The next few pictures on my memory card are of my airplane sitting on the ramp in a snow storm at night, engines filling up with snow. The snow is coming down so hard that the deicing is not doing any good. But as I sit in here in FL, reading how my home in OH got 10 inches of snow in the last 24 hours, I figure there will be enough talk of snow for all of us today. I'm heading north later today anyway so I'll have be in the middle of it again very soon.
So I am going to skip ahead to some other pictures of FL. Do you recognize this FBO? We are spending a lot of time down here in FL, which I enjoy for about two months out of the year. It's too hot and humid for my taste the rest of the time. I certainly appreciated the temps yesterday when I was able to go run around the nearby lake. Unfortunately, I went in the middle of the day, and am not used to the heat. I was glad to get back to the hotel without any damage.
I do a lot of running on the road to try to stay in shape. Two great websites I have found are http://www.mapmyrun.com/ and http://www.usatf.org/routes/ They both require a little bit of work, but it's usually more reliable than asking at the front desk of the hotel about where to run. Some hotels have preprinted maps, or someone who knows something about the area (take note, hotels! we guests love this). A lot of clerks just look at you strangely, or recommend the 1/4 mi walking trail around the parking lot! I once called up the front desk to ask where I could run around the hotel, and the clerk's response was, "I wouldn't run around here." I asked if it was unsafe (it was about 5am). And he said, "No, but I wouldn't run around here." Well, I wasn't asking if he wanted to run, now was I? But I digress.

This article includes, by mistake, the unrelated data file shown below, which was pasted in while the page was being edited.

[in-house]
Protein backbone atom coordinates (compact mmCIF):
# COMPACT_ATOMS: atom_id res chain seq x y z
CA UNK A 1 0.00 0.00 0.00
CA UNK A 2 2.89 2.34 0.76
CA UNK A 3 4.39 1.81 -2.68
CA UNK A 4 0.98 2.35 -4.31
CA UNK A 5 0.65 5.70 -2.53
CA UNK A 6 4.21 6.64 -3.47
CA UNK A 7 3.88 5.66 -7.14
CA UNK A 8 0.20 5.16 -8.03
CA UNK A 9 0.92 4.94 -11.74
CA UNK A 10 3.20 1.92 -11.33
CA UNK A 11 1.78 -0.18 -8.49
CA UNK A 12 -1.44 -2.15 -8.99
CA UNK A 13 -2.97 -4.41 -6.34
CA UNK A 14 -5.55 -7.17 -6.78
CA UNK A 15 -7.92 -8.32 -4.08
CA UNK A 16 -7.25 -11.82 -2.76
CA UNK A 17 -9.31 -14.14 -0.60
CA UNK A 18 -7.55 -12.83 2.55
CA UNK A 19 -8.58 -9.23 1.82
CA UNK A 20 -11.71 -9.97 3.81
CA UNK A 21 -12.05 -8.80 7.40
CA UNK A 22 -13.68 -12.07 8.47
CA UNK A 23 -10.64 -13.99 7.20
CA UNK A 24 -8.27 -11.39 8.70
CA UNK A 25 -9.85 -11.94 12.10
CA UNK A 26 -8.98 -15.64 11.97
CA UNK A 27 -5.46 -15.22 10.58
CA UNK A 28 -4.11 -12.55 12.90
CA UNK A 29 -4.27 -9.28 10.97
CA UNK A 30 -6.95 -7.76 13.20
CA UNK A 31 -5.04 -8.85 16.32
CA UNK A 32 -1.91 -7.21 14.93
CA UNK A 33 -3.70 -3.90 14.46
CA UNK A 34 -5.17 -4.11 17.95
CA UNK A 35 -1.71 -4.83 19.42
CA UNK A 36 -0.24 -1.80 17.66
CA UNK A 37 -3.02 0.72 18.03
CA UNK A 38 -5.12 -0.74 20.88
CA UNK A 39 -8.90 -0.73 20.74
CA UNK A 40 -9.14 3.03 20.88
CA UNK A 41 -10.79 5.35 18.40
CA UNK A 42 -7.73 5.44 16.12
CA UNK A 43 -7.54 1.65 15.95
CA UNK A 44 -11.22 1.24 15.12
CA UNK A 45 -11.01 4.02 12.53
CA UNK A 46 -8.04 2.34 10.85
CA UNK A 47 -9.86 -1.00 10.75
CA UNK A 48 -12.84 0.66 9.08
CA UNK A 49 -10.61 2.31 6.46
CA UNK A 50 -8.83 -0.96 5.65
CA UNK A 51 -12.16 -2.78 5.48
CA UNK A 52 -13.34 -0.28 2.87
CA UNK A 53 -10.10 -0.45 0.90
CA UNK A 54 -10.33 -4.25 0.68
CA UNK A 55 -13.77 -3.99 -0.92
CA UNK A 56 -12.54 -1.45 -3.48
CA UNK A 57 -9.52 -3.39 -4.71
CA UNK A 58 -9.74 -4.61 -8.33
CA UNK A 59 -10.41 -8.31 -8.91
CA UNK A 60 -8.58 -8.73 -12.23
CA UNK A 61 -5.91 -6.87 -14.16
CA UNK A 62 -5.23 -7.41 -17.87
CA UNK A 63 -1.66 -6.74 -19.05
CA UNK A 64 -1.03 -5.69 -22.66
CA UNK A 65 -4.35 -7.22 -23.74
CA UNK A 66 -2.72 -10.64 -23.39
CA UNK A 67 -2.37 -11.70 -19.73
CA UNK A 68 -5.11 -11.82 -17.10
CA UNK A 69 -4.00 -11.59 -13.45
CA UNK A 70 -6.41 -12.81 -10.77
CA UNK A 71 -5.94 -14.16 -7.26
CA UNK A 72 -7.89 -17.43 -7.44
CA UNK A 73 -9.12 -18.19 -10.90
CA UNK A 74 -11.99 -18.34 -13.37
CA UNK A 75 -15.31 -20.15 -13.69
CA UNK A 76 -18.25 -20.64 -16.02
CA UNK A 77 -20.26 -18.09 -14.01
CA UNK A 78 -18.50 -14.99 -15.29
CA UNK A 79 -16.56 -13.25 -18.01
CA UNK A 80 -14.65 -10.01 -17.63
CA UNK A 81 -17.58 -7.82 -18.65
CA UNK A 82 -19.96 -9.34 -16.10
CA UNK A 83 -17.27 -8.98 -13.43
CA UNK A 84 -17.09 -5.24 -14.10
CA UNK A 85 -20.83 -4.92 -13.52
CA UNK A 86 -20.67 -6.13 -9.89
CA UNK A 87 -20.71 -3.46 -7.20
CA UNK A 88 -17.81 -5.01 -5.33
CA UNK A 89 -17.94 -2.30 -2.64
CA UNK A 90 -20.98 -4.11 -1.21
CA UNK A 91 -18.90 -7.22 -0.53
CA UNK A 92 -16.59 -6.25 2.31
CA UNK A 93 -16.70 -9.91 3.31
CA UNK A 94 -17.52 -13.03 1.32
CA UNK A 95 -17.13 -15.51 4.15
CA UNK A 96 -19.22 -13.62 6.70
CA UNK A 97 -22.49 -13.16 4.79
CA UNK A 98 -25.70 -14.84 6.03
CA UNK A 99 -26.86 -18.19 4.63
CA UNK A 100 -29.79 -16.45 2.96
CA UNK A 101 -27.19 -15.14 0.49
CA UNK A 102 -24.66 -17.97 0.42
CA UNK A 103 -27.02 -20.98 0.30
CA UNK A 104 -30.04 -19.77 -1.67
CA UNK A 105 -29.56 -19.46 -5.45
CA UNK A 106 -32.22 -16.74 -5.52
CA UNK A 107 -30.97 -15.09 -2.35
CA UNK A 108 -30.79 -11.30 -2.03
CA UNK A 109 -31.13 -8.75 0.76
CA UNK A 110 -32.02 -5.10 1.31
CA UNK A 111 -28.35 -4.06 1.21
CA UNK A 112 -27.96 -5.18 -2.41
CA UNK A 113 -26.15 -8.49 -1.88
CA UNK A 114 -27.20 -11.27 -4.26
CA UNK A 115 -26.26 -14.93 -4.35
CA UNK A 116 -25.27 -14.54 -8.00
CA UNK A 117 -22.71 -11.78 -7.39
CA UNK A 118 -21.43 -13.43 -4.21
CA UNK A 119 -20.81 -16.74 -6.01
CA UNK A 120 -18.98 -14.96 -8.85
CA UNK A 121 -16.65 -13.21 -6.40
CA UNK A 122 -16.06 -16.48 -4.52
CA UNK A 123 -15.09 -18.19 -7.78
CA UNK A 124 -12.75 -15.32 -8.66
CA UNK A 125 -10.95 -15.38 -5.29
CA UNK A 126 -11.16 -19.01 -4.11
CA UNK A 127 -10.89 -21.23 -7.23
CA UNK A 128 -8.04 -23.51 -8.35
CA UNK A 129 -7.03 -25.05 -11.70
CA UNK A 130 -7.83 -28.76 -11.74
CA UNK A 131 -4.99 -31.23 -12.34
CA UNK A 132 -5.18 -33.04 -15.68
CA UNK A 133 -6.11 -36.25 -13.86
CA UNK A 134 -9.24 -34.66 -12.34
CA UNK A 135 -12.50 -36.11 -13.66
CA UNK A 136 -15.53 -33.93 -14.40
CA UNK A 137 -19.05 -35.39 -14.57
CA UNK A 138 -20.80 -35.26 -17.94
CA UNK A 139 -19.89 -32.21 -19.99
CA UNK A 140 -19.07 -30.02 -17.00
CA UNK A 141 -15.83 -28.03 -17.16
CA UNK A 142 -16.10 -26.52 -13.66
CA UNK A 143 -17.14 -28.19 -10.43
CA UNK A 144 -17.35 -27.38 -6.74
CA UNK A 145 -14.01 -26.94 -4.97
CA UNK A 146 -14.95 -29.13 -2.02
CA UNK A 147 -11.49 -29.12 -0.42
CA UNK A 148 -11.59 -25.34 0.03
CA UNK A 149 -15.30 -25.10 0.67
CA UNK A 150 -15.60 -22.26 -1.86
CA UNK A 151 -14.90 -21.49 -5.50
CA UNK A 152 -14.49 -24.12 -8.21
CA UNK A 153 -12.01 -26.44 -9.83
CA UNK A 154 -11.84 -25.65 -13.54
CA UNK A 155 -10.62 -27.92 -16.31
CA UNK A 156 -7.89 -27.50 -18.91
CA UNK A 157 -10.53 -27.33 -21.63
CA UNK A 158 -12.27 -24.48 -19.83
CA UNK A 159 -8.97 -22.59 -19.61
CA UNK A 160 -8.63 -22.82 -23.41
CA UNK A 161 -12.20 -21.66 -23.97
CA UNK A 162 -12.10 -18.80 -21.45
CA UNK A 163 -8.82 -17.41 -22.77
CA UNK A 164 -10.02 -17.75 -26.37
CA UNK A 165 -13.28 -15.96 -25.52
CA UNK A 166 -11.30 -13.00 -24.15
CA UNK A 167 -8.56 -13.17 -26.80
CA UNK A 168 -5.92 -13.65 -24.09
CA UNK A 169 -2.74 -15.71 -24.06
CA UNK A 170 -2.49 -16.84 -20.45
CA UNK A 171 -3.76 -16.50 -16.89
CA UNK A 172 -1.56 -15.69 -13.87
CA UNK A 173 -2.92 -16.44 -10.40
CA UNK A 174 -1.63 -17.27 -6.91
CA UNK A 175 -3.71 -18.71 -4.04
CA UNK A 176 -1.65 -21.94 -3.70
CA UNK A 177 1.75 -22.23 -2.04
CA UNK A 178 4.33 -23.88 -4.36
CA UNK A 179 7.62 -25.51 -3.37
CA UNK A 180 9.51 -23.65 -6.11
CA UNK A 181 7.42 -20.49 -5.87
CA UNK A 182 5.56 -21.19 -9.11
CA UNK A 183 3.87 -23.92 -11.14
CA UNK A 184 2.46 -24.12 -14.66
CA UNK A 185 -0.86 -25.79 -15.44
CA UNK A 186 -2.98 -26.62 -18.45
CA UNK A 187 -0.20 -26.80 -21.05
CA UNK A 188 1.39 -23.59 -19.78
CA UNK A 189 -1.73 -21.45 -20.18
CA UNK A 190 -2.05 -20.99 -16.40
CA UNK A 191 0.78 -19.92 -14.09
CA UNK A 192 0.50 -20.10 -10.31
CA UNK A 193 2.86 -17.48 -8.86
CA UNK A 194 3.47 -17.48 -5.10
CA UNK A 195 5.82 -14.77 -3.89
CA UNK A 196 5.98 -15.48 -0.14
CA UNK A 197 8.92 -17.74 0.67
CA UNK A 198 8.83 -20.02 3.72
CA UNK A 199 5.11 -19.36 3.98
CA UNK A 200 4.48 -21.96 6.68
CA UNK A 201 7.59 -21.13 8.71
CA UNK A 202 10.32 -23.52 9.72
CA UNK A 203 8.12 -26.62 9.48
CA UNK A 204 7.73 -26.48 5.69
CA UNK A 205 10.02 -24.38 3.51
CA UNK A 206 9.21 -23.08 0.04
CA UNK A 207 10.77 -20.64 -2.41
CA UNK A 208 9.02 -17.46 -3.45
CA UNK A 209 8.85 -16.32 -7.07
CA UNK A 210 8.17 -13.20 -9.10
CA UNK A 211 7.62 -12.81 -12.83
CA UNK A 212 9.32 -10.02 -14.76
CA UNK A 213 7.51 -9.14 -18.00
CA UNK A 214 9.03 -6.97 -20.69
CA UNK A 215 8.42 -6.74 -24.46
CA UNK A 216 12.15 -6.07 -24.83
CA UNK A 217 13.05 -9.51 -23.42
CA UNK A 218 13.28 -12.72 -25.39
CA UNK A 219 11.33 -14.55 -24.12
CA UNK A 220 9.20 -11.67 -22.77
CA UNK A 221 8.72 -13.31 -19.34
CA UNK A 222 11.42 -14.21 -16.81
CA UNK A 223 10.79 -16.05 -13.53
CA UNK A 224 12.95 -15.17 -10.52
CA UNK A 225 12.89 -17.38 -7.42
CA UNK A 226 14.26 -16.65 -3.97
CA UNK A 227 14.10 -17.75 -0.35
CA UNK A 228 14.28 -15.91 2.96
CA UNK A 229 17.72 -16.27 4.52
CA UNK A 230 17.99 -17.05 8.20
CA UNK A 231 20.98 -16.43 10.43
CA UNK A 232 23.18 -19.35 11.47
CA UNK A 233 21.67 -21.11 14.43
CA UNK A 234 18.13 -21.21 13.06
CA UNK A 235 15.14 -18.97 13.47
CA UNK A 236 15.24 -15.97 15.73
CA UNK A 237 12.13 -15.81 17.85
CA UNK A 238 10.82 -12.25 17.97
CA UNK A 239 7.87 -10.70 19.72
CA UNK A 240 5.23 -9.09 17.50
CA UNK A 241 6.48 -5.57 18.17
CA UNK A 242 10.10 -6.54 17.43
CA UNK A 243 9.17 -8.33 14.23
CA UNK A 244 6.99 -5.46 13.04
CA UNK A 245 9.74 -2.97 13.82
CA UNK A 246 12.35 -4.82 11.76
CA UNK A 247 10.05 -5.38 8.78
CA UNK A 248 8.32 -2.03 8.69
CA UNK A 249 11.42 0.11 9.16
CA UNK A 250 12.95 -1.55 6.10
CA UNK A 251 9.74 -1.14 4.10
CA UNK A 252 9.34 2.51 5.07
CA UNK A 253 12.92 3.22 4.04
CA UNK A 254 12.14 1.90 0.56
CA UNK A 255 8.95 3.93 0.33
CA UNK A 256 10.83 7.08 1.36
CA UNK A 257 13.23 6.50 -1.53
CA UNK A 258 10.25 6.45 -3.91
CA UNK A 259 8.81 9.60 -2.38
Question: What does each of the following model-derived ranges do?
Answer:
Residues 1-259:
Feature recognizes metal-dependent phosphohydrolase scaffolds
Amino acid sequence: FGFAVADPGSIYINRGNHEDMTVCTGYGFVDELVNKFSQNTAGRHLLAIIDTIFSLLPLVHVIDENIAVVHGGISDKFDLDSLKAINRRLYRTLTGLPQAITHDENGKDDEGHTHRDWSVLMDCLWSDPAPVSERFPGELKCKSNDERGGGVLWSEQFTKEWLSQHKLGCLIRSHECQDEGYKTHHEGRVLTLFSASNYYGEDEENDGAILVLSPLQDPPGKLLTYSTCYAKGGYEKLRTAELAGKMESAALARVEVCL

So instead of talking about removing frost, ice or snow, I'll talk about removing condensation. There are no windshield wipers on this airplane, so if we get to the airplane in the morning and it looks like this, we take cups of water out of the heated drink canisters and throw them up at the windows! If it builds back up again after we get strapped in, we can turn on the windshield heat or try to blow hot air up with the defrosters, but we definitely don't want to start taxiing without a clear view, much less take off like this guy in a NTSB report.
In trying to find a scientific explanation I found this great website, The Water Cycle. So I'll just quickly say that this condensation is a result of the windows cooling off during the night, and as the temperature rises with the new humid day, the moisture collects on the window. But here's what's really interesting:
According to columnist Cecil Adams, "a modest-size cloud, one kilometer in diameter and 100 meters thick, has a mass equivalent to one B-747 jumbo jet." ("Can a cloud weigh as much as a 747?", http://www.straightdope.com/classics/a980313a.html (another interesting site), accessed on Sep. 11, 2003). But, with all that mass being spread over such a large volume of space, the density, or weight (mass) for any chosen volume, is very small. If you compressed that cloud into a trash bag, well, in that case, you would not want to be standing below it. Even though a cloud weighs tons, it doesn't fall on you because the rising air responsible for its formation keeps the cloud floating in the air. The air below the cloud is denser than the cloud, thus the cloud floats on top of the denser air nearer the land surface.